You may have heard about a Green NCAP rating, but what exactly does this rating involve? Here’s our quick guide to Green NCAP.
With car makers continuing to face ever-more-stringent emissions regulations, and with an increasing number of drivers taking far more notice of their carbon footprint, the Green NCAP rating was created to promote the development of cars that are clean, energy efficient and less harmful to the environment.
It is prevalent in Europe and the UK given petrol and diesel engine bans will be in place within the next ten years, and as such, there is a focus on environmentally-friendly cars. And now we are seeing it in Australia, with cars like the Nissan Leaf touting its Green NCAP rating locally.
Just like the similarly named Euro NCAP safety rating (which is used by ANCAP also), the Green NCAP rating utilises a star system to inform the customer on how harmful their new car could potentially be to the environment. This star rating is determined by testing ‘green’ credentials such as fuel or energy efficiency and emissions output.
It’s not just a case of NCAP taking the manufacturers’ claimed figures at face value, though; the testing involved is rigorous and intended to achieve far more accurate ‘real-world’ results. Testing is carried out in both a laboratory and on the road, to allow for more thorough readings. In fact, to be sure that the car has not been tampered with, the cars aren’t even sourced from the manufacturer.
In the laboratory, the car is put on a chassis dynamometer (also known as a rolling road) and is driven through a set number of altering resistances, with each one representing a real-world scenario, such as city driving. While this is going on, its exhaust gases are analysed to determine what types of emissions are being produced and how many of them.
These lab tests are based on the World-harmonised Light-vehicles Test Cycle (WLTC) testing standards that were introduced in 2017, but NCAP sets more realistic conditions, such as the ambient temperatures in which the car is being tested, to ensure more accurate results.
In addition to the laboratory testing, Green NCAP also takes the car onto the road to conduct a real-world driving test. Exhaust emissions are collected by portable equipment fitted to the car while it is out on test and these are then analysed. This testing is based on the RDE standards from 2018, but Green NCAP once again increases the realism of the parameters being set, including factors such as poorer traffic conditions.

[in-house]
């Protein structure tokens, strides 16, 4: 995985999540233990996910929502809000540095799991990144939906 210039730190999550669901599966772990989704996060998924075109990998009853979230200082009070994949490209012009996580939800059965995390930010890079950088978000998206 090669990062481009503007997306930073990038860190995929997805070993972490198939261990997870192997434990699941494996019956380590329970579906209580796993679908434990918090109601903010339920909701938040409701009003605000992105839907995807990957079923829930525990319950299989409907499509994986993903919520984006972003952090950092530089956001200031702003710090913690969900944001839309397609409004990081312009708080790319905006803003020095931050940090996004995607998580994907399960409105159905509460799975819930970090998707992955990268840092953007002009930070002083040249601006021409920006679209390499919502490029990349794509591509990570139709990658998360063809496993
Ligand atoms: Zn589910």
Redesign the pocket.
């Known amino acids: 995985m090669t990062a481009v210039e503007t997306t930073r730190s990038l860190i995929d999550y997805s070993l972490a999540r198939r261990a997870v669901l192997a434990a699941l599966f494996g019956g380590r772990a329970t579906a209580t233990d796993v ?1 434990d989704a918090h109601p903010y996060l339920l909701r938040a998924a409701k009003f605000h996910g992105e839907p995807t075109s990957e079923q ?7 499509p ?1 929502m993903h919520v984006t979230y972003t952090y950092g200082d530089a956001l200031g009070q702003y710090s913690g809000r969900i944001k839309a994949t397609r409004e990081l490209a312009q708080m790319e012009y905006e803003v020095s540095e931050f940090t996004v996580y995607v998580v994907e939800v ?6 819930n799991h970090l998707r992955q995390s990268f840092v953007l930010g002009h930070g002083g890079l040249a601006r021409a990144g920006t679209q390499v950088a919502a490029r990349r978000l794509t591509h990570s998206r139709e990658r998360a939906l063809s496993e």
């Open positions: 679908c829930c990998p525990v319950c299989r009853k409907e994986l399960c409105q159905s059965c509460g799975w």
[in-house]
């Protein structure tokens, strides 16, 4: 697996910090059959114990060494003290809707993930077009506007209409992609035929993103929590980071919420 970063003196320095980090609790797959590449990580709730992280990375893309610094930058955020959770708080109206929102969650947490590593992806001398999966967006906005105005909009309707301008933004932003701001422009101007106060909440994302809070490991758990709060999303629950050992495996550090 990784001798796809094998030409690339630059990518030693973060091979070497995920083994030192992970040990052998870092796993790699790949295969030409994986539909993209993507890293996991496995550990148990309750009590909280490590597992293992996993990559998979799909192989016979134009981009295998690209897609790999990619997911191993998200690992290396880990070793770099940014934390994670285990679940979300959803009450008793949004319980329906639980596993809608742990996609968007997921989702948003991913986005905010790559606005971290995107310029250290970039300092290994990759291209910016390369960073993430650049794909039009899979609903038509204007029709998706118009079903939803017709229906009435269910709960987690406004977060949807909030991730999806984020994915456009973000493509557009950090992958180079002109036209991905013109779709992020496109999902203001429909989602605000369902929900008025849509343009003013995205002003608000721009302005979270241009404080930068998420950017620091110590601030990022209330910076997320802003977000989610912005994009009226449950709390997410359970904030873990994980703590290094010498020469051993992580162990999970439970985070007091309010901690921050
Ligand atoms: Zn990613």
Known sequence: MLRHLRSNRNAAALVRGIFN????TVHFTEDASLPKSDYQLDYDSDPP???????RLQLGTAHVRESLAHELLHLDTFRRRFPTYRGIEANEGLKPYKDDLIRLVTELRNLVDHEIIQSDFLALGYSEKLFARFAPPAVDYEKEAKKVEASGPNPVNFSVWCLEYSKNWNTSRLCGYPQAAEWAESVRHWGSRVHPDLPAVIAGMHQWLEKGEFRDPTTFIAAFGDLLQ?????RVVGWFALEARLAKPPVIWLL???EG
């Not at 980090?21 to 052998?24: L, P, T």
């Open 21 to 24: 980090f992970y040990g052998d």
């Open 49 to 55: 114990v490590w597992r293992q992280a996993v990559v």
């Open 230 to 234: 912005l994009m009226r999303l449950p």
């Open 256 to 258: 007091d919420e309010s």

The drive is split into three parts, comprising urban, rural and motorway driving and the car is also driven at different stages of engine temperature, such as from a cold start and at the nominal operating temperature. It is also driven in different styles, ranging from efficiency maximisation through to heavy acceleration and braking.
Once all of the testing is complete and the results have been analysed, all of this data is taken and translated into NCAP’s signature star system, so that it is easy to read the car’s score at a glance.
The star rating indicates the average performance of the car across three main areas of assessment – the Clean Air Index, Energy Efficiency Index and Greenhouse Gas Index. Poor performance in one area will lower the average score and result in a lower star rating.
Green NCAP Ratings
5 stars: Overall excellent performance, showing very low fuel or energy consumption and at the same time emitting low pollutants and greenhouse gasses. Well equipped with emission abatement and fuel-saving technology.
4 stars: Overall good environmental performance; equipped with good and robust emission abatement and fuel-saving technology.
3 stars: Average to good overall performance but equipped with regular emission abatement and fuel-saving technology fitted, not outperforming competitors.
2 stars: Nominal overall environmental performance lacking some emission abatement and/or fuel-saving technology with room for improvement.
1 star: Marginal environmental performance showing that pollutant control and/or energy efficiency is compromised. The environmental performance design mix constituted by minimising pollutants, greenhouse gasses and fuel & energy consumption leaves considerable room for system design improvements.
0 stars: Overall environmental performance just meeting the minimum regulatory standards, possibly outdated emission abatement and fuel-saving technology.
Half stars are also used on tests carried out from 2020 onwards; these are added if a car performs slightly better than a similar rival and are used to partially reward and recognise this extra effort in producing a greener vehicle.